Saturday, May 1, 2010

Guicciardini Quilt

An Italian lady from Bologna has just told me some exciting news. The Guicciardini Trapunto Quilt is finished being restored and is on display from April 26th to July 4th at the Palazzo Davanzati Museum in Florence.

The quilt returns "home" for a few weeks to the Palazzo Davanzati as it was displayed there between 1956 and 1991 in the Peacock Room (Sala dei Pavoni) which is the bedroom display.

The bed in the Sala dei Pavoni where I presume the Guicciardini Quilt will rest during the show:

One of the Peacocks on the wall of the Sala dei Pavoni:

This may be the only chance to see the real thing for a while as it will be returned to storage at the Bargello Museum (in Florence) after the exhibit. A replica stitched by the Club del Punto in Croce (Cross Stitch Club) of Florence will be displayed permanently in its place at the Palazzo Davanzati.

The Club del Punto in Croce (which practices all kinds of needlework, not just Cross Stitch) sponsored the International Exhibition of Textile Art inspired by the Guicciardini Quilt in Florence in October of 2006. All techniques of embroidery and lace were invited to participate. The result was a spectacular collection of needlework. Check out the slideshow of pieces (make sure you set aside 5 minutes or so to view them all): click on "Exhibitions", then "The Guicciardini Quilt" on the left-hand side of the page. Not all the photos are of good quality but you can get a pretty good idea of the amount of work involved in the show.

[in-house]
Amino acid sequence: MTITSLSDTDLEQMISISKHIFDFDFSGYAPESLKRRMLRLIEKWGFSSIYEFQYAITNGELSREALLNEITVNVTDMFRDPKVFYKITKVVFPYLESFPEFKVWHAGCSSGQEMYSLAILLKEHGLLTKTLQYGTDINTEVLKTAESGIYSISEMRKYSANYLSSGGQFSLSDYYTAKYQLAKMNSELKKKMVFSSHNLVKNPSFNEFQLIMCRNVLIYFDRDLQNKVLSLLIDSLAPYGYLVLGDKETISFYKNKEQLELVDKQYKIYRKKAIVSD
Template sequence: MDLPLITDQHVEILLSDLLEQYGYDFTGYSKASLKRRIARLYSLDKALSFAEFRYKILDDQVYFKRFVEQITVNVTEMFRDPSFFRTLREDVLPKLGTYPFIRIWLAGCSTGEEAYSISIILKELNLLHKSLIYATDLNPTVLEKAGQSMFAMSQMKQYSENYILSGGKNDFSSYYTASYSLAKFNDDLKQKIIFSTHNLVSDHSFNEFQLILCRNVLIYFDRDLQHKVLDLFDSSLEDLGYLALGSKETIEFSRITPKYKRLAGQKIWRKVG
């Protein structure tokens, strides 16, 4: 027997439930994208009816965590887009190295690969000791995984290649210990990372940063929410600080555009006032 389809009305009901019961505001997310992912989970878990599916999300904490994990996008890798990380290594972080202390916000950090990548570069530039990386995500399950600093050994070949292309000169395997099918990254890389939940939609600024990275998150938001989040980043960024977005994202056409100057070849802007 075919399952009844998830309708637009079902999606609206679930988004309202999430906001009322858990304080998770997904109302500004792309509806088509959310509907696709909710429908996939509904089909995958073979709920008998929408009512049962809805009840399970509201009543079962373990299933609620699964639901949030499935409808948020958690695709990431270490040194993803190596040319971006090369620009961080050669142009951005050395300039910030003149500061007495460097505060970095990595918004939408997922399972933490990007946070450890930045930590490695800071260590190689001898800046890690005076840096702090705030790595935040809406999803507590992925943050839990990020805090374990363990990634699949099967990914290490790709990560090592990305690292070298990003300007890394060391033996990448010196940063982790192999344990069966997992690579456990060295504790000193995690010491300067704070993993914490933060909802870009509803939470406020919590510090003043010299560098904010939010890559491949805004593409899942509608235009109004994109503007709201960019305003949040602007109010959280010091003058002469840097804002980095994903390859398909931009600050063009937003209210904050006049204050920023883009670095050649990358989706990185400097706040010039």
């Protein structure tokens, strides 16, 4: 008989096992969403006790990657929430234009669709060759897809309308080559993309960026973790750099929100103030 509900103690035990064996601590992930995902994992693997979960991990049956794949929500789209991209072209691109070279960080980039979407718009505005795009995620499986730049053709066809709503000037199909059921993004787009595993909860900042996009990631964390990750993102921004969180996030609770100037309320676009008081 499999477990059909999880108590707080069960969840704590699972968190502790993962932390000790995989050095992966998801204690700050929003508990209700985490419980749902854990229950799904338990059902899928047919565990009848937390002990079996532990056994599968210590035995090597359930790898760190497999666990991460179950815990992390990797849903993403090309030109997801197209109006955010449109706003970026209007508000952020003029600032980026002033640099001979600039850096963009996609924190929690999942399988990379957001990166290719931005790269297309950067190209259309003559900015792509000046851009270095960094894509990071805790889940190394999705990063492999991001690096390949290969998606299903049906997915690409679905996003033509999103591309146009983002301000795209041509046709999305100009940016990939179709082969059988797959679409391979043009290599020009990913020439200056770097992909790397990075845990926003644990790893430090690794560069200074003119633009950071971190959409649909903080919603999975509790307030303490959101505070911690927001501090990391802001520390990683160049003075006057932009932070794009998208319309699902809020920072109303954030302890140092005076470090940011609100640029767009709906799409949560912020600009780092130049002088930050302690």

Some history of the quilt and it's brother (called the Tristan Quilt) at the Victoria & Albert Museum in London, and the story of the restoration of the quilt in Florence plus other technical information can be found here but only in Italian. I have written them to ask permission to translate it for you, hopefully they grant it and I'll be able to write a post in the future about it. If not, then I'll sum it up for you in another post. In any case, go through the pages for the pictures!

In the meantime, you can also go to Tuttoricamo and look under the "History" heading for an article and links to more pictures!

Thank you Armida for your pics from the Palazzo Davanzati!
Grazie mille Bianca Rosa!

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